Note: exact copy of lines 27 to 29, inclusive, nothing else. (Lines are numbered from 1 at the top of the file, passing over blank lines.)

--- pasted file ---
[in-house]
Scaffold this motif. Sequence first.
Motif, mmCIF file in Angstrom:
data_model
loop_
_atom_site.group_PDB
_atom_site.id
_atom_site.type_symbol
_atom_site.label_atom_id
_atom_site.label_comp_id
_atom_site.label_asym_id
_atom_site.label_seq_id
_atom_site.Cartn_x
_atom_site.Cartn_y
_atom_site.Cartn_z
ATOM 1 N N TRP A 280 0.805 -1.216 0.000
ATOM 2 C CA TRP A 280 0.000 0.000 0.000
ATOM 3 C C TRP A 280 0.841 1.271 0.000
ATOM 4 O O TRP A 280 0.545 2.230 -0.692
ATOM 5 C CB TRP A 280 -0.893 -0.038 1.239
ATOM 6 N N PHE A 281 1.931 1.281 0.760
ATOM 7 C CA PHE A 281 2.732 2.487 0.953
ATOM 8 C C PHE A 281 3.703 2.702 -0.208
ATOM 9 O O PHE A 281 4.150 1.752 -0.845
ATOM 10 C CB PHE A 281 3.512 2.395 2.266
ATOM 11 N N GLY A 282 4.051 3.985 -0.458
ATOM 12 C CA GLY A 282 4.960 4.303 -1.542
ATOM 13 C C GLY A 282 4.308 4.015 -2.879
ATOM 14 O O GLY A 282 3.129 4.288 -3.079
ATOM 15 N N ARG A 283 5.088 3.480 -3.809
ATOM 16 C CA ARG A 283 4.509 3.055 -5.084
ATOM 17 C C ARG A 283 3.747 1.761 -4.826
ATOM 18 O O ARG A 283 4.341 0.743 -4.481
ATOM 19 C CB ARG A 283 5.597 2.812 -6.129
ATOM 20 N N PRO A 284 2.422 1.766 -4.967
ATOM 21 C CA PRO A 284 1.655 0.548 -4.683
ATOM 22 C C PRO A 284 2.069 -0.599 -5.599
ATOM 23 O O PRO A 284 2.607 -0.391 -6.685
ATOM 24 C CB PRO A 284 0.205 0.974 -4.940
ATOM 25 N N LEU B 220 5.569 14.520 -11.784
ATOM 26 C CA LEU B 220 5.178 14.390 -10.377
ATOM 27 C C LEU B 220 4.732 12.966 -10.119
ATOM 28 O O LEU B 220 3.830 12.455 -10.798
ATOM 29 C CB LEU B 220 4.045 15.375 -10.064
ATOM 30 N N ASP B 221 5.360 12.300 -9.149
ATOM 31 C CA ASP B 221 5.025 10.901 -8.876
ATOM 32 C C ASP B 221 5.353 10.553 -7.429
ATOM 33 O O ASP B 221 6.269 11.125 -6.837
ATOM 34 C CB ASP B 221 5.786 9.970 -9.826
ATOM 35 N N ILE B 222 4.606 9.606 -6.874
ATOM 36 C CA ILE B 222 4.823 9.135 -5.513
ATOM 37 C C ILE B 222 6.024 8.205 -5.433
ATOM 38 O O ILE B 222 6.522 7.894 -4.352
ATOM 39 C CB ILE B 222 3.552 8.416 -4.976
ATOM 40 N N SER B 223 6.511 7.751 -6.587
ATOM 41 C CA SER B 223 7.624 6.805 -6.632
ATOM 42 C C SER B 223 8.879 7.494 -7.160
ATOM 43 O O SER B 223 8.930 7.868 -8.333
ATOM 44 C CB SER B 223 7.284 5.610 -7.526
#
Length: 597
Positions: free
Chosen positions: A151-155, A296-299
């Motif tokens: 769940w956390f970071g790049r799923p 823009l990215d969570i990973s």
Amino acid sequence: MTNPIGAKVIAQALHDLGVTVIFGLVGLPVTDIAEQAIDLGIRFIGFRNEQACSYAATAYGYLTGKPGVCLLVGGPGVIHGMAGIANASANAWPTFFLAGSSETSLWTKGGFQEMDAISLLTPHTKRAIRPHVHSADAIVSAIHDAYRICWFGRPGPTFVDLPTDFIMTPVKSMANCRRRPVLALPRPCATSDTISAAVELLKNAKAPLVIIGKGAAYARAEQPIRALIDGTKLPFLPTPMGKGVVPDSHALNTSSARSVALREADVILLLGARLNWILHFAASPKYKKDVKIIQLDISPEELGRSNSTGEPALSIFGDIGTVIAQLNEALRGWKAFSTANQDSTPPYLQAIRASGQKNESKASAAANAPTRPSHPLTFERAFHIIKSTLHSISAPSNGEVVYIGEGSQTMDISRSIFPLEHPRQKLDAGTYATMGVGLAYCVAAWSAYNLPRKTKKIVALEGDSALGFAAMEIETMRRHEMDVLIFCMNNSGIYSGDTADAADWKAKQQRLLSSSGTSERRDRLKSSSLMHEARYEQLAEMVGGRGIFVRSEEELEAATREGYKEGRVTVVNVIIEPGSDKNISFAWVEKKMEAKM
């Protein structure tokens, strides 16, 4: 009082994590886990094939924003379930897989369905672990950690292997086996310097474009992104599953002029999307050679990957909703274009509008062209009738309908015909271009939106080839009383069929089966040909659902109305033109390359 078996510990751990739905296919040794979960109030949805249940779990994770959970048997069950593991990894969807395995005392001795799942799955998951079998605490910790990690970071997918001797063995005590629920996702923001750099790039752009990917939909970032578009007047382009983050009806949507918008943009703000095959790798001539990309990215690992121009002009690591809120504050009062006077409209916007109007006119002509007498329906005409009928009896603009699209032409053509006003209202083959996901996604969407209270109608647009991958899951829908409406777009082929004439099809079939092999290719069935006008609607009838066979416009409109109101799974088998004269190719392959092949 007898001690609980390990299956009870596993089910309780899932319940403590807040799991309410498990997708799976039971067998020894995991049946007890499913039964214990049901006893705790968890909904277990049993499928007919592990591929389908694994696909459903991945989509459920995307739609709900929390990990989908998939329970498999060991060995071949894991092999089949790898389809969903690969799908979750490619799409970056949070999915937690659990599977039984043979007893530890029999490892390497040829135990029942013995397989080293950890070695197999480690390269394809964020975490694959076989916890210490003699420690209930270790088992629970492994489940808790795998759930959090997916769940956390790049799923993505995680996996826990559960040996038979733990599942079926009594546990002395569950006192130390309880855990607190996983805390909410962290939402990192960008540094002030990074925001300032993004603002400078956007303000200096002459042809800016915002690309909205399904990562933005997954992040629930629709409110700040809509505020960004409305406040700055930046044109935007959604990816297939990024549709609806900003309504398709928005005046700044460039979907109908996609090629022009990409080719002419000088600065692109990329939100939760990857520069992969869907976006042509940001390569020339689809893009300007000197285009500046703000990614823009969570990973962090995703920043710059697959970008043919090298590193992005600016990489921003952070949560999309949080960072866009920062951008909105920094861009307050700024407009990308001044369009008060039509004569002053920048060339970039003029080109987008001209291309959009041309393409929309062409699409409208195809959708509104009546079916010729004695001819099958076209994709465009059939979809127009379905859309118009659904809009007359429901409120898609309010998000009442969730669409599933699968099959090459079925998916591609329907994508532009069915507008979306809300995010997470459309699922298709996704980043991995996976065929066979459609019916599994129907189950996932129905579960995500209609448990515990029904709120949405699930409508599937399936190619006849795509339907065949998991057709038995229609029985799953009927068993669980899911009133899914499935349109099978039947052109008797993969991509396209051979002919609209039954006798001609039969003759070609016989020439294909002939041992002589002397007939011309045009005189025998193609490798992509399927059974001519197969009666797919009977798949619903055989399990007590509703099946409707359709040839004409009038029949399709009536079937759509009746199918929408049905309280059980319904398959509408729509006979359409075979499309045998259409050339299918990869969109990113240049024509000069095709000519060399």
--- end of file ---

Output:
ATOM 12 C CA GLY A 282 4.960 4.303 -1.542
ATOM 13 C C GLY A 282 4.308 4.015 -2.879
ATOM 14 O O GLY A 282 3.129 4.288 -3.079